It wasn’t only the candidates who put on turbo-powered overdrive in the last hectic week. My kids got in the game.
Saturday brought us to the Obama HQ in Santa Monica. We made phone calls into Iowa that no doubt gave Obama the decisive edge there. The boys grooved on the energy in the buzzing room filled with volunteers, diving into the experience pumped up on abundant bowls of Halloween candy. Were it not for a small case of the stomach flu, we would have been back again Monday after school, Aaron enjoyed it so much.
The campaign talk was heavy among second graders at Palisades Elementary school, with Emmett reporting the following high level debates at the cafeteria tables:
- Friend A said “Romney care means ‘Love of America’ and Obamacare means ‘revenge.’ (Someone’s got Fox News on at home.)
- Friend B said “Obama’s going to win because everyone in China is going to vote for him. I told him, ‘Dude, only people in our country can vote.'” Dude, how’d you get so smart?
Emmett wasn’t always an Obama fan. Even earlier this year, he told me he didn’t like Obama. I’m happy for him to have his own opinions. Curious about his reasons, I asked him why. He explained, “Because he wants everyone to go to school.”
Indeed, my second-grader was conflicted about Prop 30, the measure to raise taxes in California so that our schools wouldn’t lose 6 billion dollars this year. He couldn’t process the notion that having summer vacation begin in April was a bad thing. He couldn’t bring himself to pull that lever, and left his brother to vote with me yesterday, while he went off with his (Romney-supporting) buddy to play Legos.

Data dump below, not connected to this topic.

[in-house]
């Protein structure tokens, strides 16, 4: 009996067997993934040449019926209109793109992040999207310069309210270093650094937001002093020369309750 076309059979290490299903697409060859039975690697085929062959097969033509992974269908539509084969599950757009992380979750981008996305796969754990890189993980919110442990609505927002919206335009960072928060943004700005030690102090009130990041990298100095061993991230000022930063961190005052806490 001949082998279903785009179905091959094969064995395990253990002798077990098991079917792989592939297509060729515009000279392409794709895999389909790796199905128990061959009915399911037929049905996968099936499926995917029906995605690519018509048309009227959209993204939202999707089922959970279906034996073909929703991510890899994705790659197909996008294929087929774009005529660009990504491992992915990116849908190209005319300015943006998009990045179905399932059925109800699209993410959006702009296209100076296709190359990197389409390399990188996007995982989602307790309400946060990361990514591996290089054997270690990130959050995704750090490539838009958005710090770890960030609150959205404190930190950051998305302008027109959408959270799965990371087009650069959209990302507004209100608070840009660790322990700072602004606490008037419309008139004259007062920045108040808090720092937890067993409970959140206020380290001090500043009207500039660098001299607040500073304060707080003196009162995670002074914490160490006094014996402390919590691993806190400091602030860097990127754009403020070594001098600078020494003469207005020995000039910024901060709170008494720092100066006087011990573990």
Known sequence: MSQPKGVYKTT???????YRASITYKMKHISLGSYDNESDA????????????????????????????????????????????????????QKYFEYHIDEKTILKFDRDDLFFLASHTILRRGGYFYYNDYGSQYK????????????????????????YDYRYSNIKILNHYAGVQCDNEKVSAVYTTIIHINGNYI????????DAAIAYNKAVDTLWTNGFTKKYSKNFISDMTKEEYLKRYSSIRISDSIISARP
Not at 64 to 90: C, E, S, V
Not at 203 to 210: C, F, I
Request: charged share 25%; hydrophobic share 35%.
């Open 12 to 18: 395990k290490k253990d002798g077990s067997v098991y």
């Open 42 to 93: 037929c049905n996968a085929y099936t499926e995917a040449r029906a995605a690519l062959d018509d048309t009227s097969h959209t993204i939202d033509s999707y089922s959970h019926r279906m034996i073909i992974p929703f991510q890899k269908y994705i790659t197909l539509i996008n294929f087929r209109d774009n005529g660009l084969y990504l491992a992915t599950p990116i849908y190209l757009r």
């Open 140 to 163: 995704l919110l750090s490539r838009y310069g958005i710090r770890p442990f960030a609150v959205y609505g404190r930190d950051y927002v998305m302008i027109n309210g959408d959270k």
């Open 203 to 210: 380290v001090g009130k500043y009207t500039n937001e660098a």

I’m not sure exactly when he decided to support Obama, but last night at 8:30 he shouted, “I’m so glad Obama won! BOOM!” It might have been the friendly competition with aforementioned Friend A.
The truth is that both of my children can like whomever they want. I explain the reasons I vote the way I do, and I do hope to instill in them my values. But the most important value I hopeto instill in them by bringing them to campaign offices, and taking them with me to vote, is the value of participation. I want them to know that their opinion matters, their voice has value, their one vote can make a difference, elections are important, and that these kids have so much to offer the world.
Next time, thoughts on raising boys to be feminists…BOOM!